Although it is not commonly heard or talked about, men can and do develop breast cancer. Men have a very small amount of breast tissue; making the risk of developing breast cancer slightly decrease, but not by much. The main reason men have a lower risk of developing breast cancer is due to the fact that they have low levels of female hormones and very few lobules. According to the American Cancer Society, there are ten main risk factors for breast cancer in men. These include; aging, family history, inherited gene mutations, Klinefelter disease, radiation exposure, alcohol, liver disease, estrogen treatment, obesity, and testicular conditions (American Cancer Society, 1913).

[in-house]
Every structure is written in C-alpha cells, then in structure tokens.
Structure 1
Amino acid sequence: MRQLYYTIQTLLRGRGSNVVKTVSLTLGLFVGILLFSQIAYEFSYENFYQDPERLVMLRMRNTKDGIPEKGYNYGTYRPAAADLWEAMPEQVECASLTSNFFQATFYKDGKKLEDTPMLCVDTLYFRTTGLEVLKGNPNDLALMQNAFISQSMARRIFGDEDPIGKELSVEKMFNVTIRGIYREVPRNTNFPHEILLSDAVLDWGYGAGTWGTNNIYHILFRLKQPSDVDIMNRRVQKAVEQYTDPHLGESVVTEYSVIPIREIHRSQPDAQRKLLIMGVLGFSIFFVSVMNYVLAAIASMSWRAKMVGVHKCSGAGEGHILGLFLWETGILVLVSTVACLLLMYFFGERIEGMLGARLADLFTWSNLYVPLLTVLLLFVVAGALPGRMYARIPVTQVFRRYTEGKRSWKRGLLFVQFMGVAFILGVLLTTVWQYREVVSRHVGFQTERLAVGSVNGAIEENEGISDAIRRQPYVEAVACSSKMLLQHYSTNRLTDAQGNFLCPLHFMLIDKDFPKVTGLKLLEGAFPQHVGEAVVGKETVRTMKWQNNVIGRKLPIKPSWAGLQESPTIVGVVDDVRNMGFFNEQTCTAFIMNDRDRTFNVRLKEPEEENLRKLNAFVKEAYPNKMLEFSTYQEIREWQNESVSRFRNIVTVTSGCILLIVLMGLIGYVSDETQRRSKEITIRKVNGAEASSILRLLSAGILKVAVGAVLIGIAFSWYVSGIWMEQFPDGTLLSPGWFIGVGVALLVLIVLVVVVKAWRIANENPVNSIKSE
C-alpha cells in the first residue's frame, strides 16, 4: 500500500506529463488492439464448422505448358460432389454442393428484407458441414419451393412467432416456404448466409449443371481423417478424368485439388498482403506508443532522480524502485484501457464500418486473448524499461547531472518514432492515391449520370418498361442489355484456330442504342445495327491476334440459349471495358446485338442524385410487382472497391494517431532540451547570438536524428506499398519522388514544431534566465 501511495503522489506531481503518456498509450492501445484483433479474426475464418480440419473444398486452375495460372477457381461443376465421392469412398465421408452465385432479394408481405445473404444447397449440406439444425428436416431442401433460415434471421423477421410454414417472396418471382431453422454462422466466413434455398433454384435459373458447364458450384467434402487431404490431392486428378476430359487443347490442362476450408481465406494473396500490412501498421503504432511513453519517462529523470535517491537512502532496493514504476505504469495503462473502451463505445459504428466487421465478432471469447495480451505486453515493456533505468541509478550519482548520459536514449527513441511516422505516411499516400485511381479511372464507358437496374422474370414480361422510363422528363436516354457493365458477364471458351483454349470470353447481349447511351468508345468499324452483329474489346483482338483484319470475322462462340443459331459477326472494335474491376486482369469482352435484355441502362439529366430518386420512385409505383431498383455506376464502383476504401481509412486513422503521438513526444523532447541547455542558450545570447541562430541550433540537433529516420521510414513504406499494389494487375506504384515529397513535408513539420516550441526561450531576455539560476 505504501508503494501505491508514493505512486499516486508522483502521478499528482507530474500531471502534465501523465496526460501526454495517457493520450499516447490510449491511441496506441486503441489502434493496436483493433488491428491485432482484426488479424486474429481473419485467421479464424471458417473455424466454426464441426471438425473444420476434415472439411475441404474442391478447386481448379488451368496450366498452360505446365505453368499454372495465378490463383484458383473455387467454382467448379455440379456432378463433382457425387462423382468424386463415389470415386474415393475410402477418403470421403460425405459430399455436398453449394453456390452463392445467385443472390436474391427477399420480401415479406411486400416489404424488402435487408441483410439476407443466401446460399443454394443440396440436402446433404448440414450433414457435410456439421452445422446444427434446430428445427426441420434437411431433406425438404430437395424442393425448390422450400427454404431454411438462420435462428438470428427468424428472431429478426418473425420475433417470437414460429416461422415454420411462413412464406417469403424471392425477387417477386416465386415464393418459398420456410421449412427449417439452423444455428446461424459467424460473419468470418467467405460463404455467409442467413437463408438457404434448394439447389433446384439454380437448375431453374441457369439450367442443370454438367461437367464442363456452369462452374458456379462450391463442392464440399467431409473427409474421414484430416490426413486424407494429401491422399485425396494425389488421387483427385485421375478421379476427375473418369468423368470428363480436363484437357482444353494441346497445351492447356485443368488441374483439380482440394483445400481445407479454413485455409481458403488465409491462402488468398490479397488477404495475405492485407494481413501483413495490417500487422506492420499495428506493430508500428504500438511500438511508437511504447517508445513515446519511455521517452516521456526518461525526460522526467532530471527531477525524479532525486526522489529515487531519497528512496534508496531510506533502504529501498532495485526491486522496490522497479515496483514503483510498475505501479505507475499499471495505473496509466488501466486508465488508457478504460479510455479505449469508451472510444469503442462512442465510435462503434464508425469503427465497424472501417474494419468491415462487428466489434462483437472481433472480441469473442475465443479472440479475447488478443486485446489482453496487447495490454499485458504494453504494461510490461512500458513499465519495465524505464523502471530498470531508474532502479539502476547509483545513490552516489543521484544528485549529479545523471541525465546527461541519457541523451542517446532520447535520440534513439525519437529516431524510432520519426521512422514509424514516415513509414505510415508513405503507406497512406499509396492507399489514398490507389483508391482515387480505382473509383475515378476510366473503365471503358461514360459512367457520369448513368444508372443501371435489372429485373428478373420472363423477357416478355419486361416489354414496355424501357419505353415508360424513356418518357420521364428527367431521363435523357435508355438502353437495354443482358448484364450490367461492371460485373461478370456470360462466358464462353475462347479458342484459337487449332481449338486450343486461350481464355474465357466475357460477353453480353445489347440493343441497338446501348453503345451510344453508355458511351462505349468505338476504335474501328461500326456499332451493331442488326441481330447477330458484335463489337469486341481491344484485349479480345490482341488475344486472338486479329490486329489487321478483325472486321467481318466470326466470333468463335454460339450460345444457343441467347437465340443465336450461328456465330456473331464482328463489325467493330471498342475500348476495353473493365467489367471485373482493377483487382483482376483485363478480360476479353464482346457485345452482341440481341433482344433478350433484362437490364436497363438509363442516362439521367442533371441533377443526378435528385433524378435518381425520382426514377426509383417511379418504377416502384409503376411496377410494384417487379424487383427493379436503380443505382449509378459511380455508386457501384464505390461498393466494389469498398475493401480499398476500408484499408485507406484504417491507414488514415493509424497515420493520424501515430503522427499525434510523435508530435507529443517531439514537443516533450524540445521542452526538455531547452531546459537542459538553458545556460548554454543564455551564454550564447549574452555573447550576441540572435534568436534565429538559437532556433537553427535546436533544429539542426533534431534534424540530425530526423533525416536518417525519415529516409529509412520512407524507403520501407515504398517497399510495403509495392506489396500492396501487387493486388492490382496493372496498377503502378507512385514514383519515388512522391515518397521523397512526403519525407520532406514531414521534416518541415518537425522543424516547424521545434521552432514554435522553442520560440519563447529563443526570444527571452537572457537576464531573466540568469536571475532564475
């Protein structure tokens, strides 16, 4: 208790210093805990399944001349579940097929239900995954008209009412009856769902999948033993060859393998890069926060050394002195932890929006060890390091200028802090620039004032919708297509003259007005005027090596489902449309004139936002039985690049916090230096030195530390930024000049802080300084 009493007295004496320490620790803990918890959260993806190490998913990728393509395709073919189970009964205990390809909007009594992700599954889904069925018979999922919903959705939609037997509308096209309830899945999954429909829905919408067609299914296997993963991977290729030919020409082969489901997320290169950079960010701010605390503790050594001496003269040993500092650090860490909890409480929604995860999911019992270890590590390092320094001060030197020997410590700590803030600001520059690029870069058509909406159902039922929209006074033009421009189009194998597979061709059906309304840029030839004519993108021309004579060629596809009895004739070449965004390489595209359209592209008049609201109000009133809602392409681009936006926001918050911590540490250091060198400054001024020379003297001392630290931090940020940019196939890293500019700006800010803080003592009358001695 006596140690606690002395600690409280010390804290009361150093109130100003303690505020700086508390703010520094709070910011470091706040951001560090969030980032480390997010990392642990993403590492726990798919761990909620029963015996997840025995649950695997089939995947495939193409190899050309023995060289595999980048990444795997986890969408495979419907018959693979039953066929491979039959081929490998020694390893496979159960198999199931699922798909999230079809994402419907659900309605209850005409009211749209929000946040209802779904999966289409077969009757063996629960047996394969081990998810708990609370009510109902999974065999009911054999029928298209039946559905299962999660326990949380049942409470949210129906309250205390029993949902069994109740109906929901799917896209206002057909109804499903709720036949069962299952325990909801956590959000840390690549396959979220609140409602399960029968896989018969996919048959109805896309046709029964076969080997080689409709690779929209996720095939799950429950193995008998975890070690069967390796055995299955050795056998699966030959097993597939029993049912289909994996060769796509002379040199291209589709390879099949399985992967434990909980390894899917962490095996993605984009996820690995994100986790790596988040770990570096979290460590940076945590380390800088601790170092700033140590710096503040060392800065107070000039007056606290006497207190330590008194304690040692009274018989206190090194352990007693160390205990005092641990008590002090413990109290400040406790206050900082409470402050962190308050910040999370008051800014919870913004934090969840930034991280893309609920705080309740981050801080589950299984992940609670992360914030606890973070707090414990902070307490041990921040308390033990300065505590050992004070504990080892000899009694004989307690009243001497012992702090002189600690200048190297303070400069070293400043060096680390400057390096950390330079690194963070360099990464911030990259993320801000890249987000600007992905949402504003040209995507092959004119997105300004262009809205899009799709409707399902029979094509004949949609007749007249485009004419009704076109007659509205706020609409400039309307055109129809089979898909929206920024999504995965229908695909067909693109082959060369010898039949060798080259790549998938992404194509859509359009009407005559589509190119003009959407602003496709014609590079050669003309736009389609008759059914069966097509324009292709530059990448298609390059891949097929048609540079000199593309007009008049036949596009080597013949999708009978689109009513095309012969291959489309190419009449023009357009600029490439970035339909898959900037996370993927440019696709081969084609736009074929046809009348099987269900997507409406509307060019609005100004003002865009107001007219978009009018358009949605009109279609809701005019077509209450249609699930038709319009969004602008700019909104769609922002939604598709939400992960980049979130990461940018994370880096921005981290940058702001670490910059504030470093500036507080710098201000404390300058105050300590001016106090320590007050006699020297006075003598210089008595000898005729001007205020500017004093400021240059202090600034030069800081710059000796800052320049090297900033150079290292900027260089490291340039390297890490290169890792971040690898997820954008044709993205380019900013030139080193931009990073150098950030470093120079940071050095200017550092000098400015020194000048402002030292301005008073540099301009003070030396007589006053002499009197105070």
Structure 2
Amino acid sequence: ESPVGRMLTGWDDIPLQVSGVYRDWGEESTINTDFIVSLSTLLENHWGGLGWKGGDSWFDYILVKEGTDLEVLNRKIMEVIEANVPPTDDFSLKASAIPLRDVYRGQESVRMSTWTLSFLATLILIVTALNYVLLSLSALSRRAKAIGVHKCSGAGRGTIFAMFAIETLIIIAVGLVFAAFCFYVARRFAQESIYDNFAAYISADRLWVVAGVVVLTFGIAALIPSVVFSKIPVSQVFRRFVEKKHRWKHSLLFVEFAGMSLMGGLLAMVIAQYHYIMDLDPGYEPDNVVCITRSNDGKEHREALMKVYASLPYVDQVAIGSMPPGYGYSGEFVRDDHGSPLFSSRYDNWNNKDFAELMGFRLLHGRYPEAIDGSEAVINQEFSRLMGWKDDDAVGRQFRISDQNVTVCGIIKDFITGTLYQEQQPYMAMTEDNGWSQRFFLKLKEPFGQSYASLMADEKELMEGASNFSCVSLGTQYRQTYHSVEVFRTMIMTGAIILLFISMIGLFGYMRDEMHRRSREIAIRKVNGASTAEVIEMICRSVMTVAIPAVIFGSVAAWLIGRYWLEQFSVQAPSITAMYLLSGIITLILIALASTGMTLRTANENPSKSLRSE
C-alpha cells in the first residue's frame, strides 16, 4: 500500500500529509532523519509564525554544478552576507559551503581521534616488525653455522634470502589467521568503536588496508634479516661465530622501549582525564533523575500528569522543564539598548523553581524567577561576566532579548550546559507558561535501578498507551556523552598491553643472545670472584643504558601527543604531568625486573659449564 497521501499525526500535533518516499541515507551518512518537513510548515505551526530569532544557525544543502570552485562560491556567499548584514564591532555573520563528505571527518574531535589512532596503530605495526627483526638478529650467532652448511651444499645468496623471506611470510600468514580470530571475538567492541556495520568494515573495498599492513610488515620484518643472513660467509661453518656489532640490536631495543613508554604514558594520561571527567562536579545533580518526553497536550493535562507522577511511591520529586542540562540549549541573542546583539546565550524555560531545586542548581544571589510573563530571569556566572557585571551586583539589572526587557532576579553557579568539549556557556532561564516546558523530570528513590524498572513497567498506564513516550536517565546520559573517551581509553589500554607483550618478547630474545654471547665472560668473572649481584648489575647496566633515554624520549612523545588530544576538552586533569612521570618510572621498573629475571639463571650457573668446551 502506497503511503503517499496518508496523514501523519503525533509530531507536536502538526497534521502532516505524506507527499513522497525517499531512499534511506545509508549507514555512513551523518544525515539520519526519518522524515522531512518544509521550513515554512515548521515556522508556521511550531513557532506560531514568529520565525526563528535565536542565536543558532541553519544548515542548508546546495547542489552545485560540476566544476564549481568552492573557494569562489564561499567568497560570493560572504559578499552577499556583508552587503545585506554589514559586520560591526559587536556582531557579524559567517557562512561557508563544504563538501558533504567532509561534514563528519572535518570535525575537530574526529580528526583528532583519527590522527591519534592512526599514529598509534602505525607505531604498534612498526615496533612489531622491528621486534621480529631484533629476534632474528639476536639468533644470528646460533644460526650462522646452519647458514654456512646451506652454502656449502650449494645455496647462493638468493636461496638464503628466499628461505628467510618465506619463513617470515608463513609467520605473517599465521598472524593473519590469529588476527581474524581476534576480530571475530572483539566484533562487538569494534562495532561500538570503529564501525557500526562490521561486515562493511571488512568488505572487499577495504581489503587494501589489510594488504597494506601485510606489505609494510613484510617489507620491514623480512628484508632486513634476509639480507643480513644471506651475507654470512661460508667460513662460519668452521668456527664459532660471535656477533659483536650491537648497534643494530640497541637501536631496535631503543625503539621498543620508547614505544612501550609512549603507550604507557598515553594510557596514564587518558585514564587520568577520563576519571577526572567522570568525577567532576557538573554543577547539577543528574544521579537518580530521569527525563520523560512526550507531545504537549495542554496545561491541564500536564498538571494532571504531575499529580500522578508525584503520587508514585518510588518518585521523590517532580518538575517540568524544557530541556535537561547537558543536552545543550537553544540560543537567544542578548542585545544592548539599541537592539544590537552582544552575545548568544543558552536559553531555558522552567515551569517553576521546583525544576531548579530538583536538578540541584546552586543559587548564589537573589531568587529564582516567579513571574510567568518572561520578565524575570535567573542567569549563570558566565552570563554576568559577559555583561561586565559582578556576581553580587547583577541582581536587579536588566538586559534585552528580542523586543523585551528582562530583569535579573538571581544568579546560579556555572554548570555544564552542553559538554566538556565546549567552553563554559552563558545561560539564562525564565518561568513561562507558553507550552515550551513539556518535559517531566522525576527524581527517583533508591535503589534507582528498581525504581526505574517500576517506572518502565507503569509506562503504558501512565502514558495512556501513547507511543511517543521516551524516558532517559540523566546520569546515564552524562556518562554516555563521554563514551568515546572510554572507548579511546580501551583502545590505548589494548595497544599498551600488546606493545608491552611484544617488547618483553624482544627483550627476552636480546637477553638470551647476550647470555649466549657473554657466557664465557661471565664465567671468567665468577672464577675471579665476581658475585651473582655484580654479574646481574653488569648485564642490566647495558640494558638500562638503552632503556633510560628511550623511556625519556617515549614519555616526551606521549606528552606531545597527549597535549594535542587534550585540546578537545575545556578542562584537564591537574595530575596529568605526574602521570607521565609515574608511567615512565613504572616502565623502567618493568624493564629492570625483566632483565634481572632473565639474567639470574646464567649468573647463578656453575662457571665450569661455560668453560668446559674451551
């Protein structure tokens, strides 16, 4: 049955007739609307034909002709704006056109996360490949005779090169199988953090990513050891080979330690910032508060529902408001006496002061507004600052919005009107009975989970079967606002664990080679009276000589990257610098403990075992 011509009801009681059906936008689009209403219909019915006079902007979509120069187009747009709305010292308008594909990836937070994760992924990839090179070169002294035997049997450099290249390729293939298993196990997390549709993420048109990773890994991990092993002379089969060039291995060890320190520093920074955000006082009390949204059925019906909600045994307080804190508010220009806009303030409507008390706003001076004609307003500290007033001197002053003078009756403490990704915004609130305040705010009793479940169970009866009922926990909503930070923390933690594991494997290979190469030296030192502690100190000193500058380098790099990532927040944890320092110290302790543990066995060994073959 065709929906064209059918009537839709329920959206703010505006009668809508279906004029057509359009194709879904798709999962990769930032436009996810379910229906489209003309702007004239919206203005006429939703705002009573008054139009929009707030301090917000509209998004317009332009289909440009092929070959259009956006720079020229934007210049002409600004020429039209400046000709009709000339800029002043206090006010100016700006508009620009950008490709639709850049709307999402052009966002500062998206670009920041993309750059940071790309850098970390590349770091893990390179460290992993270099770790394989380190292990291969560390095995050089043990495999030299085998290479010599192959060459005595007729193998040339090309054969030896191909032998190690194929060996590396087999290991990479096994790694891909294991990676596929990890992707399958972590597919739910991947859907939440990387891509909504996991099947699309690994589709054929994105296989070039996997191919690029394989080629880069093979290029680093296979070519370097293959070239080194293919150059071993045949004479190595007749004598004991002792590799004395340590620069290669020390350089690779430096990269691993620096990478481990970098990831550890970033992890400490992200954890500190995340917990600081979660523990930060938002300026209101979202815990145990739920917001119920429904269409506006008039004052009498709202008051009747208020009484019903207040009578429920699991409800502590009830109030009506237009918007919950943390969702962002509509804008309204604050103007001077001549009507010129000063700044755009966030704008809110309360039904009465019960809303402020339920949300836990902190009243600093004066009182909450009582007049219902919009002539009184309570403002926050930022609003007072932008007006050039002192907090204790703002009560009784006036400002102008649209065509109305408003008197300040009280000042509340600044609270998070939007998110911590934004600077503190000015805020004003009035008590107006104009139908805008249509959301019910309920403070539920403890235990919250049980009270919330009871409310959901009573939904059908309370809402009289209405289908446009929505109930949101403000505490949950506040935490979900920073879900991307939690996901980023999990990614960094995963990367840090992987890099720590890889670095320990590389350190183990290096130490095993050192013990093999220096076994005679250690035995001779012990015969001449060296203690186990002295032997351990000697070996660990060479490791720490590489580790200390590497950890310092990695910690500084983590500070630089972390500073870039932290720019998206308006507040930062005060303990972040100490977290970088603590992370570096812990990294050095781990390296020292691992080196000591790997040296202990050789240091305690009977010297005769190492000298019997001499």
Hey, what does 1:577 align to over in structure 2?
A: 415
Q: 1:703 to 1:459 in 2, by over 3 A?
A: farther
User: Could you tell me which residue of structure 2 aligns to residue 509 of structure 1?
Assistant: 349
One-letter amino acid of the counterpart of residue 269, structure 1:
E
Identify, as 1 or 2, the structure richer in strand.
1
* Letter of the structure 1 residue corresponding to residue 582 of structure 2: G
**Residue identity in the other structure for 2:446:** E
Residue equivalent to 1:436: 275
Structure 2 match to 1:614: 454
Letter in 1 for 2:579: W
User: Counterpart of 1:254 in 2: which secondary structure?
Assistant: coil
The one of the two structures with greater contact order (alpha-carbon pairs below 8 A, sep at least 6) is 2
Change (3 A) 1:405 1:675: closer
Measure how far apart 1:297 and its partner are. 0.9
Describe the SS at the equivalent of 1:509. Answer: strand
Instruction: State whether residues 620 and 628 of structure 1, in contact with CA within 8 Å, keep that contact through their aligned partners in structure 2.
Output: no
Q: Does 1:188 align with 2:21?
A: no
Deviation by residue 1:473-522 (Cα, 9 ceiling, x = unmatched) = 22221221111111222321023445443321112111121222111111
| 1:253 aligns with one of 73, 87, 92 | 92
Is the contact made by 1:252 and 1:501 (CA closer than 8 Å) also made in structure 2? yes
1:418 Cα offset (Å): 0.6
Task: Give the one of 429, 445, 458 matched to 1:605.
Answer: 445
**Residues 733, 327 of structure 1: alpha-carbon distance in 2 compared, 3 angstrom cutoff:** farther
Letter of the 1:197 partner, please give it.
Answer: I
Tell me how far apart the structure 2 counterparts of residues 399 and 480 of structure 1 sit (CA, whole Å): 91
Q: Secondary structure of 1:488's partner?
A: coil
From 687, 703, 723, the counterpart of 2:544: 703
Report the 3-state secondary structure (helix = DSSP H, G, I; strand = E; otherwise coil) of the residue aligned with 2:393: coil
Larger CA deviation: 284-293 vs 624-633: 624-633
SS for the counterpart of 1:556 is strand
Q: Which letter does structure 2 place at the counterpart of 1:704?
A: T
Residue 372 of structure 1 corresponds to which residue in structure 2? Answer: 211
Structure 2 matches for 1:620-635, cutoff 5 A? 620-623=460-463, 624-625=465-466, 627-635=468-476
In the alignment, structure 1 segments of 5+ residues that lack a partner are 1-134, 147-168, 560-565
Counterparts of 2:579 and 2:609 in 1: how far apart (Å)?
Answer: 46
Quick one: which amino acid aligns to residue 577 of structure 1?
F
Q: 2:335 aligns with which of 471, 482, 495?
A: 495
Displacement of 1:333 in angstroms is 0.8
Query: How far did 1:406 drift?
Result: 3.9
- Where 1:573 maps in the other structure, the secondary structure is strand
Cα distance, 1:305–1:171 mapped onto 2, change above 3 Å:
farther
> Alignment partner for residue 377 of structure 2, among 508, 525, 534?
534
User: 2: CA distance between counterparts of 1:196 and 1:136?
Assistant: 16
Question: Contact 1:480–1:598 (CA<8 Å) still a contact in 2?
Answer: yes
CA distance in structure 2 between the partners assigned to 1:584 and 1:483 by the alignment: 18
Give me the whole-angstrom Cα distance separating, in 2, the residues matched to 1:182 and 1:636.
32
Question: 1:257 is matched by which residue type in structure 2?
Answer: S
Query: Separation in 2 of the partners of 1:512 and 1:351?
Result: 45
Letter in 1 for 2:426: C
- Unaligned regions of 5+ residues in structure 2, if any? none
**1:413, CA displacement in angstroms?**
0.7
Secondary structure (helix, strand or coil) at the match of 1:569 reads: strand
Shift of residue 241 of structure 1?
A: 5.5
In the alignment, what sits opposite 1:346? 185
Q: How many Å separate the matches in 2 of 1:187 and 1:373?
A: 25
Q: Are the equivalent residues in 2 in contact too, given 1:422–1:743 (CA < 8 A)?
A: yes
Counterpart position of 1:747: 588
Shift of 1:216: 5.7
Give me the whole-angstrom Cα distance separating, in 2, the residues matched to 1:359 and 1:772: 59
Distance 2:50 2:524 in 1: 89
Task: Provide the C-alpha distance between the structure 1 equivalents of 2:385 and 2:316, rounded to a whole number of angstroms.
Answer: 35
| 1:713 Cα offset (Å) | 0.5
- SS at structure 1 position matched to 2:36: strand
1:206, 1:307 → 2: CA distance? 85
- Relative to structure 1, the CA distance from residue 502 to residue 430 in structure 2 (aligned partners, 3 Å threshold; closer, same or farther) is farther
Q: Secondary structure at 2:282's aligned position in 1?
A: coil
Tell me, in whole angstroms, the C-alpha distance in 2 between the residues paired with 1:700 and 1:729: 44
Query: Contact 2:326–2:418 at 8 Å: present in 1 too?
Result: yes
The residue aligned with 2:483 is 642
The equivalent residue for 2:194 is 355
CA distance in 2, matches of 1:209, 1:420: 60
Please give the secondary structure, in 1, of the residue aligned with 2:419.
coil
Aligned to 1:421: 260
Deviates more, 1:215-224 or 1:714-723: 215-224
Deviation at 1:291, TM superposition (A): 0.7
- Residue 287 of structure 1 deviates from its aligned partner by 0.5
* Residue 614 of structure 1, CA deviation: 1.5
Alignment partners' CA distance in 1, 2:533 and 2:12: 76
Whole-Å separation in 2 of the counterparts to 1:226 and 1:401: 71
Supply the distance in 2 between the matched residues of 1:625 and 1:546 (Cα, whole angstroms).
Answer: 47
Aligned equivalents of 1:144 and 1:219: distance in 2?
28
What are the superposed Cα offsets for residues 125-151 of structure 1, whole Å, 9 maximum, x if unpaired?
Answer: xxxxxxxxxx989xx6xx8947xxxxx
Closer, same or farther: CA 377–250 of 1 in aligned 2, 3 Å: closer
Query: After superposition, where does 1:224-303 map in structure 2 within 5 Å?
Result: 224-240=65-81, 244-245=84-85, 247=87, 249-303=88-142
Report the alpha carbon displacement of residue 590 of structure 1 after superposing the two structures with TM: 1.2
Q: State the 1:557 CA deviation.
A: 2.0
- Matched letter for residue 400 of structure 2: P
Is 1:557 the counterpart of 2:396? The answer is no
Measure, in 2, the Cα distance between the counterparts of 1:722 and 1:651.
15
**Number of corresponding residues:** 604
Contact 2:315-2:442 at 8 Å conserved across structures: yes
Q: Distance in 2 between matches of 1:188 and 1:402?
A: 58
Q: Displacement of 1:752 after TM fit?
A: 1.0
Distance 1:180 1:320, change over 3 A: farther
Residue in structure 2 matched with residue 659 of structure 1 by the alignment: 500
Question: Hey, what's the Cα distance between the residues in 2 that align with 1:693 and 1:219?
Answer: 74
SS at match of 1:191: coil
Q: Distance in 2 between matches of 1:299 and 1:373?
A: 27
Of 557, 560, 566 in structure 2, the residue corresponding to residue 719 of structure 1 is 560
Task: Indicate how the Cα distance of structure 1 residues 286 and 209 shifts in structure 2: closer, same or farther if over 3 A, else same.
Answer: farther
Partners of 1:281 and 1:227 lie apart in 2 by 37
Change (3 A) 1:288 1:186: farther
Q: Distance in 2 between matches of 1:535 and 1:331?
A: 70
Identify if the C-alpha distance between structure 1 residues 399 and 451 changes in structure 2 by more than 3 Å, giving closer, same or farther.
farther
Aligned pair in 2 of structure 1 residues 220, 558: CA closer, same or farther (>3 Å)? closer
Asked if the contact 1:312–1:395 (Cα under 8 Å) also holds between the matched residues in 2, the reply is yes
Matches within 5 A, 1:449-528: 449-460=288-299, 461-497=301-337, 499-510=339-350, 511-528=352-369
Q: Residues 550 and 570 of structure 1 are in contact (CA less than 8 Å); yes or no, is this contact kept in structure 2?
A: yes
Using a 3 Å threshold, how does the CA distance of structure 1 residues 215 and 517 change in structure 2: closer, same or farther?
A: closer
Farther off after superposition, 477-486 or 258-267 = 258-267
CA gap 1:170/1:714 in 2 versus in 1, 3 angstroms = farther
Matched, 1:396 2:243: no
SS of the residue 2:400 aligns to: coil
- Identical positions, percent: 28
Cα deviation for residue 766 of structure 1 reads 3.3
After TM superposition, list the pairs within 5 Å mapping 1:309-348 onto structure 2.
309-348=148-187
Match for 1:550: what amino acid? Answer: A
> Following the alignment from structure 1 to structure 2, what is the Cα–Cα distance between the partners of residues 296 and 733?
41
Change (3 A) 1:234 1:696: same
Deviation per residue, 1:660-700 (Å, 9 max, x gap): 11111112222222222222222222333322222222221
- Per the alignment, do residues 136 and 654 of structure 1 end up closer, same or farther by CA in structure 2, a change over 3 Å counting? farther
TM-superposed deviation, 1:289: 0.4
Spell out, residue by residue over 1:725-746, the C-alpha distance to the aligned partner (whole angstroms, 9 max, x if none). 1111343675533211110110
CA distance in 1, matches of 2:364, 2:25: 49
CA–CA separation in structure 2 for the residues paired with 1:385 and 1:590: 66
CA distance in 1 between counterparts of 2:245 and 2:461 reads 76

Men who experience a defect in the BRCA2 gene have about a 6 in 100 chance of developing breast cancer. Klinefelter syndrome refers to males having more than one X chromosome at birth. Those who suffer from Klinefelter syndrome also have small testicles, resulting in infertility and more estrogen. Due to the increase in estrogen, the risk for breast cancer increases as well. “Since the cause of most breast cancers is not known, there is no known way to prevent them” (American Cancer Society, 1913). However, there are key steps that can be taken to keep men healthy. These include; maintaining an ideal weight, restricting alcohol consumption, having screenings in order to find early detections, and having quick treatment options. It is extremely important for men to get genetic testing if they believe there is a possibility of a genetic mutation.